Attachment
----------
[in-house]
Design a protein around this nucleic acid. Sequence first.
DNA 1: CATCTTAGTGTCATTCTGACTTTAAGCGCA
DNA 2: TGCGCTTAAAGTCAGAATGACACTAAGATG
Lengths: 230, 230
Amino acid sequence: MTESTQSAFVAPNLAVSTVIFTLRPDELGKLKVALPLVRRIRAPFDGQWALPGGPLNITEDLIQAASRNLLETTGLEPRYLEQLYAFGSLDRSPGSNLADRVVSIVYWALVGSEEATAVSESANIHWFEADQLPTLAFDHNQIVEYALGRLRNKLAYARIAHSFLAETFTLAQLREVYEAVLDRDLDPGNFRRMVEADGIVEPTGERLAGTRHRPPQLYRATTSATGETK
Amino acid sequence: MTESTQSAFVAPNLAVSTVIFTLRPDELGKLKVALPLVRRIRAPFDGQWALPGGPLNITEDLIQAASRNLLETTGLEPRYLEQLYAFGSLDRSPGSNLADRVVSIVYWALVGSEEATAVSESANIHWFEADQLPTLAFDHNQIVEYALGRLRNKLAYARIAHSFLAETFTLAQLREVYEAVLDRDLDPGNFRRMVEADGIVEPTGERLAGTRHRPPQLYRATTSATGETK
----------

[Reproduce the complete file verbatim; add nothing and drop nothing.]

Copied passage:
[in-house]
Design a protein around this nucleic acid. Sequence first.
DNA 1: CATCTTAGTGTCATTCTGACTTTAAGCGCA
DNA 2: TGCGCTTAAAGTCAGAATGACACTAAGATG
Lengths: 230, 230
Amino acid sequence: MTESTQSAFVAPNLAVSTVIFTLRPDELGKLKVALPLVRRIRAPFDGQWALPGGPLNITEDLIQAASRNLLETTGLEPRYLEQLYAFGSLDRSPGSNLADRVVSIVYWALVGSEEATAVSESANIHWFEADQLPTLAFDHNQIVEYALGRLRNKLAYARIAHSFLAETFTLAQLREVYEAVLDRDLDPGNFRRMVEADGIVEPTGERLAGTRHRPPQLYRATTSATGETK
Amino acid sequence: MTESTQSAFVAPNLAVSTVIFTLRPDELGKLKVALPLVRRIRAPFDGQWALPGGPLNITEDLIQAASRNLLETTGLEPRYLEQLYAFGSLDRSPGSNLADRVVSIVYWALVGSEEATAVSESANIHWFEADQLPTLAFDHNQIVEYALGRLRNKLAYARIAHSFLAETFTLAQLREVYEAVLDRDLDPGNFRRMVEADGIVEPTGERLAGTRHRPPQLYRATTSATGETK